Attached you will find a script that is used to run multiple speeds or RPMs in succession automatically. Here are the steps to follow:


  • After installing Python 3.6, you may find that one component, win32api, was not installed by default and must be installed separately. To do so, open a Windows command prompt and type “python –m pip install pypiwin32” without the double quotes (if you don't know how to open a command prompt in your version of Windows, search "how to open a command prompt in Windows").


  • Next you need to make a few changes in the attached script for your specific setup. If you open the .py file in a text editor there are several comments labeled “Step 1, Step 2” … These should be self-explanatory. When specifying the path to the folder, notice that there are two backslashes \\. Once you have finished editing the script, it's easiest if you save the script in your user folder, because this is the folder you will be in when you open a Windows command prompt (e.g., c:\Users\yourname).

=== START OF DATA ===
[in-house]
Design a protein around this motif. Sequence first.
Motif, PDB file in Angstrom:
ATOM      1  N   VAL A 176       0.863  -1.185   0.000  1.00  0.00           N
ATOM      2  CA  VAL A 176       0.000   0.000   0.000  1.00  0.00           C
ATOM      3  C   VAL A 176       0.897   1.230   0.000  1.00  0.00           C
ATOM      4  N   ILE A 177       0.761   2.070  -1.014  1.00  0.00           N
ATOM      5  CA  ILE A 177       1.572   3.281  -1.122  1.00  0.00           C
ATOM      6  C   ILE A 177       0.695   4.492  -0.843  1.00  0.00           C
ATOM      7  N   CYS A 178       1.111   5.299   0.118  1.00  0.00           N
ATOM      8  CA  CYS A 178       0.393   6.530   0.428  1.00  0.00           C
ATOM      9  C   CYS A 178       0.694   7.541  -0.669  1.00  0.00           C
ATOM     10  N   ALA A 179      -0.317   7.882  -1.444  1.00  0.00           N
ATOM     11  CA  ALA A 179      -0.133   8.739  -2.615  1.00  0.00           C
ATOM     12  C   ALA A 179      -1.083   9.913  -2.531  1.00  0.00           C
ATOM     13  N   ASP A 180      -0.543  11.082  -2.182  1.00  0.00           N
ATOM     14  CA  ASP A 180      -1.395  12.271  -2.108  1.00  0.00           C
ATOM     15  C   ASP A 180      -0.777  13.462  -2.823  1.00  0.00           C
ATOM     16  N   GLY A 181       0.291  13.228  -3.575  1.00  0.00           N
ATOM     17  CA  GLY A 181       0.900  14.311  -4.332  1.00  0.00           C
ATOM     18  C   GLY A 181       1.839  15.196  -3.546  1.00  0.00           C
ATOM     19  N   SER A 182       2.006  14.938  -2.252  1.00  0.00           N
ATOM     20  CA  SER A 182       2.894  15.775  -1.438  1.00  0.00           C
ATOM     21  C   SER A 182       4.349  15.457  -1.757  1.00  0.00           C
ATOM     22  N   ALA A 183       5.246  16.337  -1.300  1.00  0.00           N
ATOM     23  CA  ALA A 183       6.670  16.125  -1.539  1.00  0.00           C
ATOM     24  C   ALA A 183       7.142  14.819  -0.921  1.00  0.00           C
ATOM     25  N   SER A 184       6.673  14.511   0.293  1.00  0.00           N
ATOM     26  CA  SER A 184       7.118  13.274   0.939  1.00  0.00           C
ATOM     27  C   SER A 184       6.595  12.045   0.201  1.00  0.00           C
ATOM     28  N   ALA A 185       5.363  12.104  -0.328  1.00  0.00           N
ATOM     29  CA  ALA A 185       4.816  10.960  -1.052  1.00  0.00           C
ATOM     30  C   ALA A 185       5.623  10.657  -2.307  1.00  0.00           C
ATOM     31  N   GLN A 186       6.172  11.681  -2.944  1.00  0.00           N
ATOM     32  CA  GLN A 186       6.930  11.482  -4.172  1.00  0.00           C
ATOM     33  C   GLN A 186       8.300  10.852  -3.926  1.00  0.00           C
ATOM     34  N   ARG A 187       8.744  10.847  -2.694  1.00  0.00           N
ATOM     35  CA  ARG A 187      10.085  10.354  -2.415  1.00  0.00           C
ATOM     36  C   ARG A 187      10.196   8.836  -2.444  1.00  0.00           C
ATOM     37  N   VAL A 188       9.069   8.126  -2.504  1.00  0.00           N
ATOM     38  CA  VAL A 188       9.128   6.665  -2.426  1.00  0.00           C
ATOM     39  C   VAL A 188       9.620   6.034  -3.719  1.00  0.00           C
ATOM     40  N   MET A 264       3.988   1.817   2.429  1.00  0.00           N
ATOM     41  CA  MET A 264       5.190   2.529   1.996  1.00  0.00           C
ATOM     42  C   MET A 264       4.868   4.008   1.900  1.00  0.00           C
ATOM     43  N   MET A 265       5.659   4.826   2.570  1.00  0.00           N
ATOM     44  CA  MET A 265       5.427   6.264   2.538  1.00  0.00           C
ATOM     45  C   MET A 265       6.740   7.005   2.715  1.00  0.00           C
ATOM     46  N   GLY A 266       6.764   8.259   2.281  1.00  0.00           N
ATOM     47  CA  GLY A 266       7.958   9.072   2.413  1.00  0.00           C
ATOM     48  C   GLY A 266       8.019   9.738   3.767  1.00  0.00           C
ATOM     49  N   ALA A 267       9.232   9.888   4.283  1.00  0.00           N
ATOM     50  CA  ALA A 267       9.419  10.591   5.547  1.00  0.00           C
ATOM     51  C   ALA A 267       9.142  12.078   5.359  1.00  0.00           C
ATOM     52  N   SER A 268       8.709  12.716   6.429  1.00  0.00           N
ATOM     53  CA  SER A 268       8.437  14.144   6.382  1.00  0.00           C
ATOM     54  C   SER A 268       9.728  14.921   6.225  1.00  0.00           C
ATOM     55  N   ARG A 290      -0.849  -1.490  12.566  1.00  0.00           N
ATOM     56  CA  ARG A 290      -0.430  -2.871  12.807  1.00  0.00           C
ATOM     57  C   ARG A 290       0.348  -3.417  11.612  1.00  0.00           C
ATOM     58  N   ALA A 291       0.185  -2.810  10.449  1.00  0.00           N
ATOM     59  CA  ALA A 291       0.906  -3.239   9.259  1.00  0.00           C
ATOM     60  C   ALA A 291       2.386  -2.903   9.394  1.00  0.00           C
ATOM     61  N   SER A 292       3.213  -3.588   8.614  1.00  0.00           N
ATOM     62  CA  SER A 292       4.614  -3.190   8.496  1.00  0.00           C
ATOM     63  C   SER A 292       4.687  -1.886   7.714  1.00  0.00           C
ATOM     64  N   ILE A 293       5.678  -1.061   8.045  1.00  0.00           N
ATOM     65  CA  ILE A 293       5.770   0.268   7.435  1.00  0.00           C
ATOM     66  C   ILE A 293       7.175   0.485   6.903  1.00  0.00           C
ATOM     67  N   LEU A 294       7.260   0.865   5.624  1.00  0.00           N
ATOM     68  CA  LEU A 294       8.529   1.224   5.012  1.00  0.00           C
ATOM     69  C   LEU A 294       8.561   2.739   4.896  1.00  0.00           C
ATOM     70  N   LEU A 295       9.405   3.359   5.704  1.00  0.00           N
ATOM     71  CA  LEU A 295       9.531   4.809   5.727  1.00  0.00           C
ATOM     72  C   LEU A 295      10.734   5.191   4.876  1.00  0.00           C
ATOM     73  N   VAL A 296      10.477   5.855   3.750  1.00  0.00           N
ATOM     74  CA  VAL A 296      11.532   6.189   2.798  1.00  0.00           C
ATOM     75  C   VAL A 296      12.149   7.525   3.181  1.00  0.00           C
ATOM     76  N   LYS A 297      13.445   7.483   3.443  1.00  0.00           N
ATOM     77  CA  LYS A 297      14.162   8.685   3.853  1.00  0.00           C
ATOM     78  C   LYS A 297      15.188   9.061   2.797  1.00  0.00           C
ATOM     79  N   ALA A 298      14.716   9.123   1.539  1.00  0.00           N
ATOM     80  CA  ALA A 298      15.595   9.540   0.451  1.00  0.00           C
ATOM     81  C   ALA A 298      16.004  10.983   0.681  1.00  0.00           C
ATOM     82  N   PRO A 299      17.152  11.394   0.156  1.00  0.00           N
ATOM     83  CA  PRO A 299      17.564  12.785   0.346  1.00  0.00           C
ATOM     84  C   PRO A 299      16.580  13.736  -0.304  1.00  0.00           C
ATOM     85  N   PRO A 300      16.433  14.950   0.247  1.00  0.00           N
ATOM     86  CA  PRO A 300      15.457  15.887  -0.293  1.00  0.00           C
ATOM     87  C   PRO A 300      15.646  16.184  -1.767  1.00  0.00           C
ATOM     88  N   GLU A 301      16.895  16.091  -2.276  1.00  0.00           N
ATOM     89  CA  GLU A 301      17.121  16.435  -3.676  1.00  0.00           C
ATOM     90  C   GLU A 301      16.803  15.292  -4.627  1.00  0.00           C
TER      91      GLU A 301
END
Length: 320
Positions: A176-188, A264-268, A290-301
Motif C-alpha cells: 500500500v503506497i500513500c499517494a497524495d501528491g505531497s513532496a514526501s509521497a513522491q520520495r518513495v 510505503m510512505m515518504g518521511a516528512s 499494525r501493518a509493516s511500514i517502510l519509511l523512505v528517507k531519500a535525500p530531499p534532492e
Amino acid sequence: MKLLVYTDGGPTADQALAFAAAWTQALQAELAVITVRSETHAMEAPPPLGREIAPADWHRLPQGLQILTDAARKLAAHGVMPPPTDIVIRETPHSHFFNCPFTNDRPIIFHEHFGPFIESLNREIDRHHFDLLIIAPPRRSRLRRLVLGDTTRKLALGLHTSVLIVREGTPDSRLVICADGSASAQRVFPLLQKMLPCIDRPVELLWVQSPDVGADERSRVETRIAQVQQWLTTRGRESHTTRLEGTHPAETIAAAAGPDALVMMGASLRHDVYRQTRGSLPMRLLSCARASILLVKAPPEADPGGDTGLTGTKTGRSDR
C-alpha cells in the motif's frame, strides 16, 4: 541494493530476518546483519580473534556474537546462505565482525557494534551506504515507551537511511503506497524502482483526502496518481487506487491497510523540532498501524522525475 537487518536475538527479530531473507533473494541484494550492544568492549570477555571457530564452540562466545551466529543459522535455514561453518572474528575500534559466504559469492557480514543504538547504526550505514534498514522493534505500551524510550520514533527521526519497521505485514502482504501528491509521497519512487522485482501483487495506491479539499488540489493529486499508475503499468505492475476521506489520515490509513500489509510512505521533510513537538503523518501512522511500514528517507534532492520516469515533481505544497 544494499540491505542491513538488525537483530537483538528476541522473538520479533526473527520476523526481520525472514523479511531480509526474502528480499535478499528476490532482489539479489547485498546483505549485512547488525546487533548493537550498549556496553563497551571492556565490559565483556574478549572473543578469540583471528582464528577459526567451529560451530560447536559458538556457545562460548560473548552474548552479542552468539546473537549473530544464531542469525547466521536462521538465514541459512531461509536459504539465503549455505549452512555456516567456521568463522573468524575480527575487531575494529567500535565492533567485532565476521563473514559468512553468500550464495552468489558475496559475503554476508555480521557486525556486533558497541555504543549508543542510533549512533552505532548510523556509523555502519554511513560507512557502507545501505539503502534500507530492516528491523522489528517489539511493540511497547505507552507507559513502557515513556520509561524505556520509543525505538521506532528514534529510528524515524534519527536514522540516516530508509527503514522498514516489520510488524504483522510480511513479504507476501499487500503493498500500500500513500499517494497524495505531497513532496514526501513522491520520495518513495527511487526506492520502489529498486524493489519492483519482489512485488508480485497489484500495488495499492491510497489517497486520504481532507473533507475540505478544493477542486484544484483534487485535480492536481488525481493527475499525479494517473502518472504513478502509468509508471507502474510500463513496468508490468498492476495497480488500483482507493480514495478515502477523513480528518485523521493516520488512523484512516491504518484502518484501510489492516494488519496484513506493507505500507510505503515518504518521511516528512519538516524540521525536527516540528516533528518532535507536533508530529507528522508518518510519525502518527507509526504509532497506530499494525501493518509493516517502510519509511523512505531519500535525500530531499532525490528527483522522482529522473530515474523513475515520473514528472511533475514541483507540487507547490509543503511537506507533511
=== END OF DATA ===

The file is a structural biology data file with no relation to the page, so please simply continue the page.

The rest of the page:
• Now you should open each .spro file to build the mesh and make any changes to the default values for Number of Time Steps, Results Saving Frequency, etc. (remember that by default, Results are saved only at the end of a run). You may want to increase the default Number of Time Steps, just to be sure that the analysis has converged before moving on to the next analysis. Make any desired changes, and then save the .spro file. Now when you run the script it will use the values that you specified.


  • Now you should be ready to go. Open a command prompt and type “python marineSeqRun.py” without the double quotes. It should start the first run. When running Simerics from Python it will not open a user interface, so the only clues you have that it is doing something is (a) the command line has not returned back to the prompt and (b) you can look at the Simerics output files (e.g. …integrals.txt) and see that the information in them is growing. You can stop the process by closing the command prompt by clicking on the red X. You will get feedback at the command line when a simulation has finished and the next one is starting. The run is considered finished when the convergence criteria (defined in the python script) have been met, or the Number of Time Steps have been completed.